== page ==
At the time a V8 was relatively unusual in the UK market but the old straight six was reaching the limit of its development and even the standard steel bodywork was sufficiently heavy to blunt performance. Bentley/ Rolls also had ambitious plans for the US market where the V8 was commonplace, while the alternative of using the
Phantom’s straight eight unit would have created a massively long car at a time when roads and city centres were becoming more congested.
Rolls- Royce’s aero engine expertise came in handy for the new engine, which was manufactured with a weightsaving alloy block. The finished unit weighed slightly less than the six- cylinder engine and was also compact enough to fit the engine bay of the S-Type/ Silver Cloud without the need for expensive bodywork revisions.
The V8-powered cars were known as the Bentley S2 and Silver Cloud II and although they offered noticeably more lively performance, both models were criticised for a lack of refinement relative to the old six- cylinder cars. It was partly to address these complaints that a revised Bentley S3/ Silver Cloud III was launched in 1963, distinguished by their twin headlamp arrangement paired with smaller radiators. The V8 engine benefited from detail improvements, including a pair of two- inch SU’s and higher compression.
The S-Type and Cloud were discontinued in 1966, by which time they were beginning to look increasingly dated in the face of the competition. Rivals like Mercedes and even Jaguar with its big MkX were now using monocoque construction, independent suspension, disc brakes and increasingly sophisticated power plants.
Despite sales of the T-Series cars having been so small, the Bentley name continued in the guise of the Bentley Mulsanne, a heavily revamped model that was launched alongside the Silver Spirit in 1980. The T-Series and Mulsanne really did offer little more than badging and radiator grilles to set them apart from the Rolls- Royce models, but a turning point came in 1982 with the Mulsanne Turbo.
A higher-performance version of the long-serving V8 engine had been mooted back in the ‘Sixties and the first tests involved a Silver Shadow fitted with a turbo conversion by the renowned Broadspeed firm. The engine responded well to extracting some 50 per cent additional power and was duly launched under the Bentley badge – the idea being that it was more suitable for a performance- orientated car.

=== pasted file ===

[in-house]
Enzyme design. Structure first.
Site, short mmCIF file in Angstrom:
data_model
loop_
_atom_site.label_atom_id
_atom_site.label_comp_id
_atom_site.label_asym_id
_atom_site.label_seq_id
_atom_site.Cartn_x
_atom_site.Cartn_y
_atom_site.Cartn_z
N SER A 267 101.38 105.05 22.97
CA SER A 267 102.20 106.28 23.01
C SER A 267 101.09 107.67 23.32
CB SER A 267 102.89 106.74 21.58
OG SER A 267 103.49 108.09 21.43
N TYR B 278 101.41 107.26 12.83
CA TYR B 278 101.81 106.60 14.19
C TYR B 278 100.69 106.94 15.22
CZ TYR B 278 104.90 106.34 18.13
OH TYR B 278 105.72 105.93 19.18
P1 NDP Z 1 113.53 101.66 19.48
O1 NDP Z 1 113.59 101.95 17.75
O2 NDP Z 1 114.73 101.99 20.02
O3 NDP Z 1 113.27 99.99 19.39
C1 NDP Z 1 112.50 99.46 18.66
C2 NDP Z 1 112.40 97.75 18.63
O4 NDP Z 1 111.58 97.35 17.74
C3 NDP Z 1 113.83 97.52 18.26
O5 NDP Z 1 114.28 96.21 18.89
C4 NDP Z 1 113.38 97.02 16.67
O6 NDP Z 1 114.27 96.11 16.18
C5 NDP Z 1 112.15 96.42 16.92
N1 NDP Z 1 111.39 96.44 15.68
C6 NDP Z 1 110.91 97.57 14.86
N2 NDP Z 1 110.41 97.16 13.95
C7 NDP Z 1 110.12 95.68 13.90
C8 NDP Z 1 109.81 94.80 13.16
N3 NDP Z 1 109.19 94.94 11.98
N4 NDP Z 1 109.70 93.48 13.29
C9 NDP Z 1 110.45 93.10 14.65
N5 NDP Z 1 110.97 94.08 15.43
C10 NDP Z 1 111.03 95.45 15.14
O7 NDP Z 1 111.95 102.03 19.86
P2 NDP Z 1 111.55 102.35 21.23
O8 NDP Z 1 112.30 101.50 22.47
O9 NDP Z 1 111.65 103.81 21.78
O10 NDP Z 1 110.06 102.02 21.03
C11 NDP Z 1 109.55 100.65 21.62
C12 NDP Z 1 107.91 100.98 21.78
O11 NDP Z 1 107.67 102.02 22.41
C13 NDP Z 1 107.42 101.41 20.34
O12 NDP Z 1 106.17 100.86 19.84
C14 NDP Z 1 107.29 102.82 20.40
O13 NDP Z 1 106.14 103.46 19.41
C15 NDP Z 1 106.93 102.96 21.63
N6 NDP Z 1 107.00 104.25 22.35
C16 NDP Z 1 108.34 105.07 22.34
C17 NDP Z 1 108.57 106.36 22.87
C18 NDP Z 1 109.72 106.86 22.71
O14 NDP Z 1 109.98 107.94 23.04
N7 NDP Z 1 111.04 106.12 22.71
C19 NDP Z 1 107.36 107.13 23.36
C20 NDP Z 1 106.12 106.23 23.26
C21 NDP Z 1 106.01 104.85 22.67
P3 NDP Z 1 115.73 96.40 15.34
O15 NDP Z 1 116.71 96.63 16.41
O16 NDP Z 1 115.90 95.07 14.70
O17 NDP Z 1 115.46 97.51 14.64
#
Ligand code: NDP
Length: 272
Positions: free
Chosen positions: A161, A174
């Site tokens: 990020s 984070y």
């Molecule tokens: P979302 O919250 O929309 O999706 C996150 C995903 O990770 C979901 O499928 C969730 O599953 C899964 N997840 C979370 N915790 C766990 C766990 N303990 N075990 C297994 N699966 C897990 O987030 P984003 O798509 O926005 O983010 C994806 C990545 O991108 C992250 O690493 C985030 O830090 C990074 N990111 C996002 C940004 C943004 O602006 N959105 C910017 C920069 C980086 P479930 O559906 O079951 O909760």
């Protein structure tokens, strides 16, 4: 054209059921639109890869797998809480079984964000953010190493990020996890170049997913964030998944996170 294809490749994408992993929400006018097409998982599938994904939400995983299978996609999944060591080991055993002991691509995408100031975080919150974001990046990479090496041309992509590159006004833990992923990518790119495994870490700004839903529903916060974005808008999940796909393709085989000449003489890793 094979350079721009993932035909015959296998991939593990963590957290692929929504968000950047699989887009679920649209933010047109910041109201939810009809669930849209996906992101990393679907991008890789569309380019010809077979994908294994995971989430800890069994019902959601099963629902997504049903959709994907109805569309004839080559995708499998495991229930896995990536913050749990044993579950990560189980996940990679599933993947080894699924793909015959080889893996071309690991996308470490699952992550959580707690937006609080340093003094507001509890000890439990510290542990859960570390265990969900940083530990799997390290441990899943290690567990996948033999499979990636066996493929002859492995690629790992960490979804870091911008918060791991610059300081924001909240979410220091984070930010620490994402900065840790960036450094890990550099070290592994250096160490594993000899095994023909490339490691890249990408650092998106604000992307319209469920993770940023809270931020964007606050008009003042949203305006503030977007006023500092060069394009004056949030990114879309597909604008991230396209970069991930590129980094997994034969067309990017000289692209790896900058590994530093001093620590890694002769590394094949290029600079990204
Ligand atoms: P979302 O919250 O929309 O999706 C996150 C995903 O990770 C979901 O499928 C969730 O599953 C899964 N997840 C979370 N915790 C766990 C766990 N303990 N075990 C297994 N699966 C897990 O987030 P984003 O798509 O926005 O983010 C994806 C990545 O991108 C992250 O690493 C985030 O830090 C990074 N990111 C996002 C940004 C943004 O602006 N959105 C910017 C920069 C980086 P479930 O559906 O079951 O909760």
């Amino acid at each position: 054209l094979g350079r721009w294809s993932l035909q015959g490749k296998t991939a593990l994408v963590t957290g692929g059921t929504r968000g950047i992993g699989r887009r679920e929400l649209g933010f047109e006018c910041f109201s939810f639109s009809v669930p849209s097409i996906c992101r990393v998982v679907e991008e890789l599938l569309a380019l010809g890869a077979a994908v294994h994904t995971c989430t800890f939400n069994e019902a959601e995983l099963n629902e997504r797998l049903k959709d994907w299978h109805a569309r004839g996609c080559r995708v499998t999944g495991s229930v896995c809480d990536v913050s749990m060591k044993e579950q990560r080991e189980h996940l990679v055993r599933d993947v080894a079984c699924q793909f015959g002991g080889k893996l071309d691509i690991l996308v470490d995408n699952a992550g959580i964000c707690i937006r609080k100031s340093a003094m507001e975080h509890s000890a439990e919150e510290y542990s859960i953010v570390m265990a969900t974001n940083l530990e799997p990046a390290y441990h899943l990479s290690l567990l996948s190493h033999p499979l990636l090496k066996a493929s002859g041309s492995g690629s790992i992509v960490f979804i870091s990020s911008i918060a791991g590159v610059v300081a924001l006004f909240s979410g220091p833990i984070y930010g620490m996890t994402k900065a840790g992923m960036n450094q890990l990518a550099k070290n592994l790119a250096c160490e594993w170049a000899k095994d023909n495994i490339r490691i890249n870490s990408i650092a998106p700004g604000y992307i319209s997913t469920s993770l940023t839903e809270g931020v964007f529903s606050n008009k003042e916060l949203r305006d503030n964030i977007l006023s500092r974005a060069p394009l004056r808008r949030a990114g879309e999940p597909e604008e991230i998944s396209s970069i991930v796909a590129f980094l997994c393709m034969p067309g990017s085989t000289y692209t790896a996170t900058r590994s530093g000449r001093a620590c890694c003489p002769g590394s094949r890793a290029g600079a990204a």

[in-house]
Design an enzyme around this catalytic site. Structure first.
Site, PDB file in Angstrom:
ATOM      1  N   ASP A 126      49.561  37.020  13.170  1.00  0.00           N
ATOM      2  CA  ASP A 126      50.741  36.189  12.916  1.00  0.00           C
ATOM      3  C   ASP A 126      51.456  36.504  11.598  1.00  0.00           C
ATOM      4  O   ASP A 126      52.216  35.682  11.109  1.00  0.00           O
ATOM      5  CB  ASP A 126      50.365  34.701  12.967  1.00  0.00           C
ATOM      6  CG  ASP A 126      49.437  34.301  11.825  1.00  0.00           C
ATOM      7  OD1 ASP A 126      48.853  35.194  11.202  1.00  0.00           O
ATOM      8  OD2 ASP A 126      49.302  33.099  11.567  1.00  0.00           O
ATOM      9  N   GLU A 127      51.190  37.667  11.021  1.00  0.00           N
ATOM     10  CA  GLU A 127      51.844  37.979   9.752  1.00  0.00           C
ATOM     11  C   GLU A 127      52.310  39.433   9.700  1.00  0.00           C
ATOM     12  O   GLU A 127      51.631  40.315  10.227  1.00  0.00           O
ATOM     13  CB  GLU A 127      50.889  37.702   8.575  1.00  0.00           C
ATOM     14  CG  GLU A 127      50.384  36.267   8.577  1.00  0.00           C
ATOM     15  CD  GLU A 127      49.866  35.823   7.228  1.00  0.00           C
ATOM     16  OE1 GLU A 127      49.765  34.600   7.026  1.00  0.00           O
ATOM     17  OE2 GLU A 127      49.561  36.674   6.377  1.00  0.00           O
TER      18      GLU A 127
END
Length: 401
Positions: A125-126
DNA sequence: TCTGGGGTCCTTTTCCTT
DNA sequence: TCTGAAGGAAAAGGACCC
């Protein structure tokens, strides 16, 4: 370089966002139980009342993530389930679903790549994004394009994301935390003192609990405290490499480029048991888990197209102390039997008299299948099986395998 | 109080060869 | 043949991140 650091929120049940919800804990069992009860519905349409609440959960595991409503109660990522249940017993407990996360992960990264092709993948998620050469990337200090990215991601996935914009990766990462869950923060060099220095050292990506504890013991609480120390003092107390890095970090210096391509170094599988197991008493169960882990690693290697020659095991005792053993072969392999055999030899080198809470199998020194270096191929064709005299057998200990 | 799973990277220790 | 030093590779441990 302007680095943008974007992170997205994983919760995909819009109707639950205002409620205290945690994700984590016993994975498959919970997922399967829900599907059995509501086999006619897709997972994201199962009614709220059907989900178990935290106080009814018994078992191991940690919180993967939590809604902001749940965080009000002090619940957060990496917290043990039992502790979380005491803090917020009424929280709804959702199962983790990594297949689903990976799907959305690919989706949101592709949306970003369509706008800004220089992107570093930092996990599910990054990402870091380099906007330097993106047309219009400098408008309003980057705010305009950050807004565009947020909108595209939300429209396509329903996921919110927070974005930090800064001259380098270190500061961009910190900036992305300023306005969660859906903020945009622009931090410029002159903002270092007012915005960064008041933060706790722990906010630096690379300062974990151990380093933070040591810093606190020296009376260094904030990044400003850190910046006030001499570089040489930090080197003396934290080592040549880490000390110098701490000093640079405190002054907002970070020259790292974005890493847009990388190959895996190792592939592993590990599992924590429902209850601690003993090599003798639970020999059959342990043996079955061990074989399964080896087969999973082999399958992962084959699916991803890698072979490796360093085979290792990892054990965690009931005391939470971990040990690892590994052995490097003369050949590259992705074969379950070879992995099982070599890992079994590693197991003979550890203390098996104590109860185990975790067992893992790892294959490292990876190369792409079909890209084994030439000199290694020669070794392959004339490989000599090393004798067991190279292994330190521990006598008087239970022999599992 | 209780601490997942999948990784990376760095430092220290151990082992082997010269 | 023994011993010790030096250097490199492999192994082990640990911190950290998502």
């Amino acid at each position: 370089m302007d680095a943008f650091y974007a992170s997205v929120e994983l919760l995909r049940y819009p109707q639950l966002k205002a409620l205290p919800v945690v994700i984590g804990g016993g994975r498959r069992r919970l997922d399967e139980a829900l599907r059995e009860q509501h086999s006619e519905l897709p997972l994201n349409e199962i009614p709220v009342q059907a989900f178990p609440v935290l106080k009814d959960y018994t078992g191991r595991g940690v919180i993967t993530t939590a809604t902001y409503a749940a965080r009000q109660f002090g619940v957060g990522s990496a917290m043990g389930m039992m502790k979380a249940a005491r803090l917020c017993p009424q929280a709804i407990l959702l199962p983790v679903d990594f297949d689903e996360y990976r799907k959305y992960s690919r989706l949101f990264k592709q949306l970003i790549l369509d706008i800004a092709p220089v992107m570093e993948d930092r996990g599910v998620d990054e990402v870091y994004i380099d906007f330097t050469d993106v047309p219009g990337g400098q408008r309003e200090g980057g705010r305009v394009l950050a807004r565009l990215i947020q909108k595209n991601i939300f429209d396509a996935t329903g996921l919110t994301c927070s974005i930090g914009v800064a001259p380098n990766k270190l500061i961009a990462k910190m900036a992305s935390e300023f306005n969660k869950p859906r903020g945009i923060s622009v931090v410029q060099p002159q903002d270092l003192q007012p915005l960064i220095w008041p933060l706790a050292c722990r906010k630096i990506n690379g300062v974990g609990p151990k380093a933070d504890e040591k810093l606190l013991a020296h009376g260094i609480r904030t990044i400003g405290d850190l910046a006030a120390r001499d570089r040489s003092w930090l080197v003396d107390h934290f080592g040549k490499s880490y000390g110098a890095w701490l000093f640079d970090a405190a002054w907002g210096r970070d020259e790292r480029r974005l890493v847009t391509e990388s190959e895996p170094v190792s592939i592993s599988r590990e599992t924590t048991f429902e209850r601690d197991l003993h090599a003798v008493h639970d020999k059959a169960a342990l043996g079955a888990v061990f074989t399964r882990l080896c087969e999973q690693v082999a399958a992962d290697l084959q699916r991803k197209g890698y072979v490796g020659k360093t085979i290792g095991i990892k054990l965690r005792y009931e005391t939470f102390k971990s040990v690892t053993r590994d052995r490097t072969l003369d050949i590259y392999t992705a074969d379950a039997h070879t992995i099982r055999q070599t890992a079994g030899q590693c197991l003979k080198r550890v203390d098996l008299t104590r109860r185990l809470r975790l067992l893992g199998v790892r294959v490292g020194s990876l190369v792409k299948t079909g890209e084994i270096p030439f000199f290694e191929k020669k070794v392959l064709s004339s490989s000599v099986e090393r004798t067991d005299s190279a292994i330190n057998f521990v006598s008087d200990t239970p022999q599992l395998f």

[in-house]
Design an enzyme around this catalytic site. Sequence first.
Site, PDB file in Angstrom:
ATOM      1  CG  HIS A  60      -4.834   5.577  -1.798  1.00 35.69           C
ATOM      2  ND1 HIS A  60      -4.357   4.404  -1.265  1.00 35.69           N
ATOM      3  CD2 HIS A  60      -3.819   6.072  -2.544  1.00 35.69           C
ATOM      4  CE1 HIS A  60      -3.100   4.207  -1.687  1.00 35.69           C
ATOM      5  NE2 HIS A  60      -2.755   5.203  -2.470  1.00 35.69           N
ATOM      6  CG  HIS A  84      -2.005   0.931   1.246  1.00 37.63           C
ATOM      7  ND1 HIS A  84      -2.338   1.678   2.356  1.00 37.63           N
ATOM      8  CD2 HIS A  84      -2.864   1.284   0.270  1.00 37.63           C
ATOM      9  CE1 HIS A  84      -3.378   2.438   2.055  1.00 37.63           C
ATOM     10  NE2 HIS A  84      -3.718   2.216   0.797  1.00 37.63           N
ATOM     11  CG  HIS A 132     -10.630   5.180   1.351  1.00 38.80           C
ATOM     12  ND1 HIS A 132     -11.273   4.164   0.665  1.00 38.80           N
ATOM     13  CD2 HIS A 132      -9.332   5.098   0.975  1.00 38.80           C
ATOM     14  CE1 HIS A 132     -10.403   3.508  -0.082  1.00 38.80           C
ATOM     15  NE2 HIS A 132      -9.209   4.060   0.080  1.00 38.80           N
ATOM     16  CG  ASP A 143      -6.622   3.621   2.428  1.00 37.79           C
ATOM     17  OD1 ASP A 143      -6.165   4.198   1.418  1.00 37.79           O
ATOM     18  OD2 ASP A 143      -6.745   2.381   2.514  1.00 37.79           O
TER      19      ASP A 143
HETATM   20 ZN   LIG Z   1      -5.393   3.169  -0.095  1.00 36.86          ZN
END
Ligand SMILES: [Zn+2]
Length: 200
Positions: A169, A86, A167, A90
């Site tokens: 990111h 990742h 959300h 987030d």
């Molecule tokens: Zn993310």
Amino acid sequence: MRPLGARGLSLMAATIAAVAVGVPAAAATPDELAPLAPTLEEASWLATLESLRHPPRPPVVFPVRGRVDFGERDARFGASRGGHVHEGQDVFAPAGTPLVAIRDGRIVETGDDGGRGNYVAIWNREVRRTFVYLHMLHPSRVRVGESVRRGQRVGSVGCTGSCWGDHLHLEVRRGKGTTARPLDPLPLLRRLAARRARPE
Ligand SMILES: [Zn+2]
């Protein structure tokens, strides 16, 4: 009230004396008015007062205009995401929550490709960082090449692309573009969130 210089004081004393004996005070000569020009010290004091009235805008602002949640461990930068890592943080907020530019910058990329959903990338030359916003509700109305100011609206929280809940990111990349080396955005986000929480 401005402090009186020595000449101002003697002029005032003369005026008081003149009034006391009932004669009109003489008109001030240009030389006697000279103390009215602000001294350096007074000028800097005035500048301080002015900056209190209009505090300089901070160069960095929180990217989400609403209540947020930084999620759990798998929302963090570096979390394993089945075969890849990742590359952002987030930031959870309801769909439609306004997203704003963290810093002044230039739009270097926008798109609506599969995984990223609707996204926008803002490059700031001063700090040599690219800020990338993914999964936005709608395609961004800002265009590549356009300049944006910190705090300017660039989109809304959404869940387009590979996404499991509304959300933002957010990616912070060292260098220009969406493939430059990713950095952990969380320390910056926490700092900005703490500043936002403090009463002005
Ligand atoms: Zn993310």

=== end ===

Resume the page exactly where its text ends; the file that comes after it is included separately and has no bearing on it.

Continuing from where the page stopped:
Budget constraints meant the car initially ran with carburettors and near-standard suspension making the handling somewhat erratic but its ludicrous combination of bulk and pace was a hit. Accordingly the Mulsanne Turbo was developed into the Bentley Turbo R in 1982, the Mulsanne name being dropped. In this form it gained thicker anti-roll bars, revised damping and spring rates and different suspension geometry. The result was impressive and suddenly Bentley was back in the game, helped by the ‘entry level’ Bentley Eight, which sported features like a wire mesh grille and was intended to entice younger buyers into the
Bentley/ Rolls brand. This model was later renamed the Mulsanne S in 1988.
In 1992 the Continental name returned once more for a coupé version based on the Turbo R and the same year the Mulsanne S and Eight were replaced by the Brooklands. Meanwhile, the Turbo S and the Turbo RT took the engine up to a handy 400bhp, which was enough to give the 2.5-tonne saloons sports car pace and a four-seat convertible model based on the extended platform of the Continental R badged as the Azure came on stream in 1995.
The result in the market was significant and by the late ‘Eighties, Bentley sales surpassed Rolls-Royce for the first time since the ‘Fifties. Clearly, the era where Vickers had thought seriously about binning the famous brand was thankfully over. The Mulsanne/Spirit saloons were replaced in 1998 by an all-new design that had the distinction of being the first Bentley/Rolls-Royce to use bought-in engines.
CONTINENTAL GT – 2003–11
Meanwhile, the first all-new Bentley to be launched under Volkswagen ownership was the Continental GT of 2003, which used the German firm’s complex 552bhp twin-turbo W12 engine. This was subsequently developed into ever-faster variants and the GTC convertible.
The Continental GT (which is looked at in more detail on pages 144-15 as this issue's Emerging Classic) also formed the basis of the four-door Continental Flying Spur launched in 2005, essentially a four-door version of the same car. Thoroughly modern high-tech cars, these offer a credible alternative to Porsche and Ferrari... and bring Bentley a long way from the days of the badge-engineered T2.
The MkVI had a separate chassis and was powered by a 4.6 litre straight six.
The stylish S2 Continental is now highly collectable.
Bentley entered new territory with the Mulsanne Turbo.
The Continental GT ushered in a new dawn for Bentley under VW ownership.